Language objectives refer to language skills that learners are expected to acquire in the classroom. Objectives that are concerned with strategies for communicating, learning, and critical thinking are referred to as "strategic objectives". Learning process are “conscious processes and techniques that facilitate the comprehension, acquisition, and retention of new skills and concepts” (Chamot and O’Malley 1987). According to Chamot and Michael O’Malley, these may include metacognitive strategies (such as selective attention), cognitive strategies (such as summarizing and elaboration), or socio-affective strategies (such as questioning for clarification). Socio-affective objectives refer to changes in learner’s attitudes or social behaviours that result from classroom instruction (e.g.
It is also process of organizing the tasks of teaching and determining content, learning resources, and classroom procedures. The curriculum needs to be developed in order to be used.Curriculum development present two views on how it is developed. Curriculum plan is developed in rational and logical way and another view is curriculum is socially constructed, linked to power and
Curriculum evaluation is a necessary and important aspect of any national education system. It provides the basis for curriculum policy decisions, for feedback on continuous curriculum adjustments and processes of curriculum implementation. The fundamental concerns of curriculum evaluation relate to: • Effectiveness and efficiency of translating government education policy into educational practice; • Status of curriculum contents and practices in the contexts of global, national and local concerns; • The achievement of the goals and aims of educational programmes. Curriculum evaluation aims to examine the impact of implemented curriculum on student (learning) achievement so that the official curriculum can be revised if necessary and to review teaching and learning processes in the classroom. Curriculum evaluation establishes: • Specific strengths and weaknesses of a curriculum and its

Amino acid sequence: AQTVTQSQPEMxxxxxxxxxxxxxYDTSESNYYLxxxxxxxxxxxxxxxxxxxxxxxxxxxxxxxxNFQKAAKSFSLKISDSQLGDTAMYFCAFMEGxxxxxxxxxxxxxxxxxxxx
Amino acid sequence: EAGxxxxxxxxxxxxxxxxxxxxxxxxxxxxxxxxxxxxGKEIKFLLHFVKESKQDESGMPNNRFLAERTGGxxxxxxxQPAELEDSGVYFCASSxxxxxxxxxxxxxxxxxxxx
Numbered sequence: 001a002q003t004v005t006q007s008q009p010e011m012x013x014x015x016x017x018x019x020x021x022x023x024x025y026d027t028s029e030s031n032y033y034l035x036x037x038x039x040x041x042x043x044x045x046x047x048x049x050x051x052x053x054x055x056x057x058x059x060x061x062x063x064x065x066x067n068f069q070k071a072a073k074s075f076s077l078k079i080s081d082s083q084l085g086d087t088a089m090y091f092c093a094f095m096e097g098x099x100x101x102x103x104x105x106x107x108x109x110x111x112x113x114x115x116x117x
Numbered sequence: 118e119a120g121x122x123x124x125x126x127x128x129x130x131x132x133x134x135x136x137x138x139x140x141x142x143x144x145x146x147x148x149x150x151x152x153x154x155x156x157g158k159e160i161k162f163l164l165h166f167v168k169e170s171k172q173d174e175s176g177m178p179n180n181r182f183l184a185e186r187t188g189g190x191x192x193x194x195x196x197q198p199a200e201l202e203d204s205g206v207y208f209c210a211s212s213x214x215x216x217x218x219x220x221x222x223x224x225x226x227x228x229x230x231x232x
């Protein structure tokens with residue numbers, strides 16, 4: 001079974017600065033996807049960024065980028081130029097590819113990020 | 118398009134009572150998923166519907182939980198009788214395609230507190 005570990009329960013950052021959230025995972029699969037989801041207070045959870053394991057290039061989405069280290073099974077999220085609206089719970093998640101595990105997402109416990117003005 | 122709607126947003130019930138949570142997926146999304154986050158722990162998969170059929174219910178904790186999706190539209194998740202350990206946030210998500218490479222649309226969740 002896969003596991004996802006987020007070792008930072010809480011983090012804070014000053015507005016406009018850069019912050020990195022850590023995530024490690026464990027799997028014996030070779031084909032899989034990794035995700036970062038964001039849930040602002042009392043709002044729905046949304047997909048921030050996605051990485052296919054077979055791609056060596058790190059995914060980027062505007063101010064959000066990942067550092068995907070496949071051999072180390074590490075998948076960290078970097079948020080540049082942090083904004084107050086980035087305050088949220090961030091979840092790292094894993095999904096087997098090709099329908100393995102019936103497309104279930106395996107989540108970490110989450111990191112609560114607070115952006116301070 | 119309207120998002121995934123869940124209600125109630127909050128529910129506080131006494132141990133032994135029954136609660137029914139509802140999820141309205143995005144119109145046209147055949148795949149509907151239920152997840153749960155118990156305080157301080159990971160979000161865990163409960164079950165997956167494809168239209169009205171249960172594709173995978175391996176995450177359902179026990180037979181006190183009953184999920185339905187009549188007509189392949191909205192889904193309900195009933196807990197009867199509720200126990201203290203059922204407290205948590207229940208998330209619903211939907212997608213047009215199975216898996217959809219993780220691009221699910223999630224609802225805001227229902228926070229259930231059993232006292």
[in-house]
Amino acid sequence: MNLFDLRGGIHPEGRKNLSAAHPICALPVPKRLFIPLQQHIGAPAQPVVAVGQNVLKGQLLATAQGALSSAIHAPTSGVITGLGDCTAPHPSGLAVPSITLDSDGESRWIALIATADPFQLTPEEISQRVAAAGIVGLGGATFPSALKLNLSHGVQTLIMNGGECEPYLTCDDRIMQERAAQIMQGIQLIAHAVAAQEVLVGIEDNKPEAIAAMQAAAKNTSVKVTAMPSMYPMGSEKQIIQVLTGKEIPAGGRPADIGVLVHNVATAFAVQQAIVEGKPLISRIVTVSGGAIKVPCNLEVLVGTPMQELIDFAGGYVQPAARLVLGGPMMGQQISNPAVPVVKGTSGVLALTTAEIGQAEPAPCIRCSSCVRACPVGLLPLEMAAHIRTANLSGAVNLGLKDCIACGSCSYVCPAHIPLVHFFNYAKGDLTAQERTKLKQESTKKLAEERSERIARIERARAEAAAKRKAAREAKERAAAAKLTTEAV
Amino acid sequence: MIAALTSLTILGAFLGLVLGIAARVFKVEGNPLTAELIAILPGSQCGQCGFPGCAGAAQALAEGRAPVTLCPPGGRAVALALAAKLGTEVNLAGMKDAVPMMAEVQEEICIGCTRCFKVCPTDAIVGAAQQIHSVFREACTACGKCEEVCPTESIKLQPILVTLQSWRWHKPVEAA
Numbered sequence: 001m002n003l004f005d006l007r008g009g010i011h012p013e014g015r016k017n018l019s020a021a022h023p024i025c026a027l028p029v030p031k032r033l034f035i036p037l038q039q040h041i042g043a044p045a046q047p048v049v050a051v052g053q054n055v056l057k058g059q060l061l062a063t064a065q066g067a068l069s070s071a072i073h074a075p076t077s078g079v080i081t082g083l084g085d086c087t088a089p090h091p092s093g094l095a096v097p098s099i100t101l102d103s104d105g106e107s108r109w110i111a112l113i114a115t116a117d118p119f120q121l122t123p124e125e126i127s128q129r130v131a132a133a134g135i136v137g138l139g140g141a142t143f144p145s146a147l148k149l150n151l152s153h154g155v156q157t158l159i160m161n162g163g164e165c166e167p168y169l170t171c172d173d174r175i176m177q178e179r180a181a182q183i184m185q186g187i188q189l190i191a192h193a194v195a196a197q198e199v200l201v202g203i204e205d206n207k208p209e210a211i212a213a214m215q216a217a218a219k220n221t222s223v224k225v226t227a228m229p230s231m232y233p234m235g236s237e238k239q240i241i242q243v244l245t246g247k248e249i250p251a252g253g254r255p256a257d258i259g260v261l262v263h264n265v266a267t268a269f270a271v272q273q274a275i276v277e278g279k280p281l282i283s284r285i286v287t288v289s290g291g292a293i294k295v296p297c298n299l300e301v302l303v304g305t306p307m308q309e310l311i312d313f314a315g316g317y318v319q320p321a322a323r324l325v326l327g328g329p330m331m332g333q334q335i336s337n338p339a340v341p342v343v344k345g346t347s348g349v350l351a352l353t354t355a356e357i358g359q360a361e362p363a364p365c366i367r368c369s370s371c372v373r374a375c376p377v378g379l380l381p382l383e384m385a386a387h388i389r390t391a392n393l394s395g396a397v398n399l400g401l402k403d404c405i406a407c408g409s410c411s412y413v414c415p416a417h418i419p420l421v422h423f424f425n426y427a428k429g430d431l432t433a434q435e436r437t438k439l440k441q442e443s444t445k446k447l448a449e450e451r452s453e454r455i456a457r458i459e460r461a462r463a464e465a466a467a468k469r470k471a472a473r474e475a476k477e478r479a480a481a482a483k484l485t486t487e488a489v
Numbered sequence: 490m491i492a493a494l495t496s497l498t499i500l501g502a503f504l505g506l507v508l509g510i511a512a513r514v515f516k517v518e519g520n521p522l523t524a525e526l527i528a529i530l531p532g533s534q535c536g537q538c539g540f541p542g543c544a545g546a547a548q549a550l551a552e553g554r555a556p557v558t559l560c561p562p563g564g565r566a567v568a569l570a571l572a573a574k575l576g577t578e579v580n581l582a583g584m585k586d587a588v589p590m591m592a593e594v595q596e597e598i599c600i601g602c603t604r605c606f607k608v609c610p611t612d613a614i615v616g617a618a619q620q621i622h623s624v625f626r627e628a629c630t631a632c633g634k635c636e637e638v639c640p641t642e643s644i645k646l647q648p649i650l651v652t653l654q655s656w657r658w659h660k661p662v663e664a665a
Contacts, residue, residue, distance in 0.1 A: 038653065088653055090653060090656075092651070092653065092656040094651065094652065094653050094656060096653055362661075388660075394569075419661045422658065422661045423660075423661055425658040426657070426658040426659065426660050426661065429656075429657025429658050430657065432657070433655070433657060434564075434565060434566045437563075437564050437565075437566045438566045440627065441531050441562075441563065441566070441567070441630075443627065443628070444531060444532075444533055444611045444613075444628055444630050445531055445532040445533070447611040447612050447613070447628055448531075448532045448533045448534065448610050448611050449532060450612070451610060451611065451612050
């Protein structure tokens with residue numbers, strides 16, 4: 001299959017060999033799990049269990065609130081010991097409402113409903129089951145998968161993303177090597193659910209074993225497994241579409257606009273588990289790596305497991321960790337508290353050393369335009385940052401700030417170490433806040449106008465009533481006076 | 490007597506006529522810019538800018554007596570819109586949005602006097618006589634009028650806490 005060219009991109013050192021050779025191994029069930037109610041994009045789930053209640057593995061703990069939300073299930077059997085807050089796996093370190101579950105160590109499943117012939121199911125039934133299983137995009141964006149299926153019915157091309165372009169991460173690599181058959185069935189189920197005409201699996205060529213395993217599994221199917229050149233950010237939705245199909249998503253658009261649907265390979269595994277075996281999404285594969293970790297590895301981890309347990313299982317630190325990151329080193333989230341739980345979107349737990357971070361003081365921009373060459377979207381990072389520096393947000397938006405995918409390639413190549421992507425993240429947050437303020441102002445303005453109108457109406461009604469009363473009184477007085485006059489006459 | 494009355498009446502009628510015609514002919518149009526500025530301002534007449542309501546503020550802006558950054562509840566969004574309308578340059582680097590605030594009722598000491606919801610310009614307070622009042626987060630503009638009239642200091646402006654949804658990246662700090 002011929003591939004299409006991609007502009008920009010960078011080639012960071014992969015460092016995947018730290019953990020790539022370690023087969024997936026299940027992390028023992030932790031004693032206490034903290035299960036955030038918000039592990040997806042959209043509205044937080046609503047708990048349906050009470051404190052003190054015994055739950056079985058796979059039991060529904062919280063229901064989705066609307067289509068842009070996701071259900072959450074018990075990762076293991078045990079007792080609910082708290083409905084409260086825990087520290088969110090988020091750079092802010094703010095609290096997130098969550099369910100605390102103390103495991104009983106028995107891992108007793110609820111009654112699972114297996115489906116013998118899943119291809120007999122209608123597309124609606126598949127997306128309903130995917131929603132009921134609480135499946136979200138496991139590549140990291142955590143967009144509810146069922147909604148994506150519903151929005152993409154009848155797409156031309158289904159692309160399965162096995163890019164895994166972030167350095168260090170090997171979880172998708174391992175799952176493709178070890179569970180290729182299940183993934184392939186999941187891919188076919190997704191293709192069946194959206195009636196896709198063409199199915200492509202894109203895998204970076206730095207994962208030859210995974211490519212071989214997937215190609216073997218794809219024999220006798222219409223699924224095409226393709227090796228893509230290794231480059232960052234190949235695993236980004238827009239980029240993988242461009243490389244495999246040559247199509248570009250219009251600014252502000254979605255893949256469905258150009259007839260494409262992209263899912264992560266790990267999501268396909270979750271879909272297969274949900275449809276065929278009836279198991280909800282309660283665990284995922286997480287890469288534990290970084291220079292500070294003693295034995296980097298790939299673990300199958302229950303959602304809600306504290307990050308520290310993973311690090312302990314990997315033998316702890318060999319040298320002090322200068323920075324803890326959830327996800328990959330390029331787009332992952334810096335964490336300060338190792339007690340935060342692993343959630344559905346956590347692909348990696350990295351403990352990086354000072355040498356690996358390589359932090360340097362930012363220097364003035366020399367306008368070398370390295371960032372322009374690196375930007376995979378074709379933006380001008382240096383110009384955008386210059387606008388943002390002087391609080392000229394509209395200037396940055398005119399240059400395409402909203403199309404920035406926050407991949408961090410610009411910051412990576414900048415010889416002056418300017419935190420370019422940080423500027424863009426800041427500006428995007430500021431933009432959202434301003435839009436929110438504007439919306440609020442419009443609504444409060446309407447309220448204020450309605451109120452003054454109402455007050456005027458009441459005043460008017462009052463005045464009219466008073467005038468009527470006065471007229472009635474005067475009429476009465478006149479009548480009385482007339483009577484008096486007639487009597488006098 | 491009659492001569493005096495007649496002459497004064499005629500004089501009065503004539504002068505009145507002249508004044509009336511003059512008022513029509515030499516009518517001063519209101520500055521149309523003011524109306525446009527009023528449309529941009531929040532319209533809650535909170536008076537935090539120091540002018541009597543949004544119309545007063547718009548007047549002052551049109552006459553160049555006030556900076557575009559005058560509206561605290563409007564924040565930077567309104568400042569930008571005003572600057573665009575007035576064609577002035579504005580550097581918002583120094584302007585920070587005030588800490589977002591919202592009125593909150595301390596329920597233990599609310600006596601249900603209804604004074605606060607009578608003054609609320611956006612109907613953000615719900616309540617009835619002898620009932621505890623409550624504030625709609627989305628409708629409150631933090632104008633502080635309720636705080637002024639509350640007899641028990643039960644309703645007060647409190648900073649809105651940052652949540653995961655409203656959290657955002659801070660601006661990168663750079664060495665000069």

They come as individual with already formulated knowledge, ideas, and understandings and this previous knowledge will be used as raw materials for the new knowledge they will create. According to DeVries (2002), assessment should link documents like tests, anecdotal reports or written observations to the curriculum itself and to the
Needs analysis that emphasizes on the learners' present situation (strength and weaknesses) is called Present Situation Analysis (PSA) and the one that emphasizes on what learners need after taking the ESP course is Target Situation Analysis (TSA) (pp. 8-9). The result of the needs analysis can be the start point for the teacher to design the syllabus and select the teaching materials for an ESP course. The authenticity of the materials and the use of textbooks or tailor-made materials are the issues about the materials selection since ESP relates to the learners’ disciplines or professions. The teaching and learning process, the assessment and the evaluation also have equally important roles as needs analysis and course design.
The intended object of learning refers to the intended learning outcome of the lesson. The enacted object of learning is the outcome of the executed lesson which is established by the teacher and learner. The lived object of learning is what the students actually learn. This depends on the student’s experience of the dimension of variation that relate to critical aspects of the object of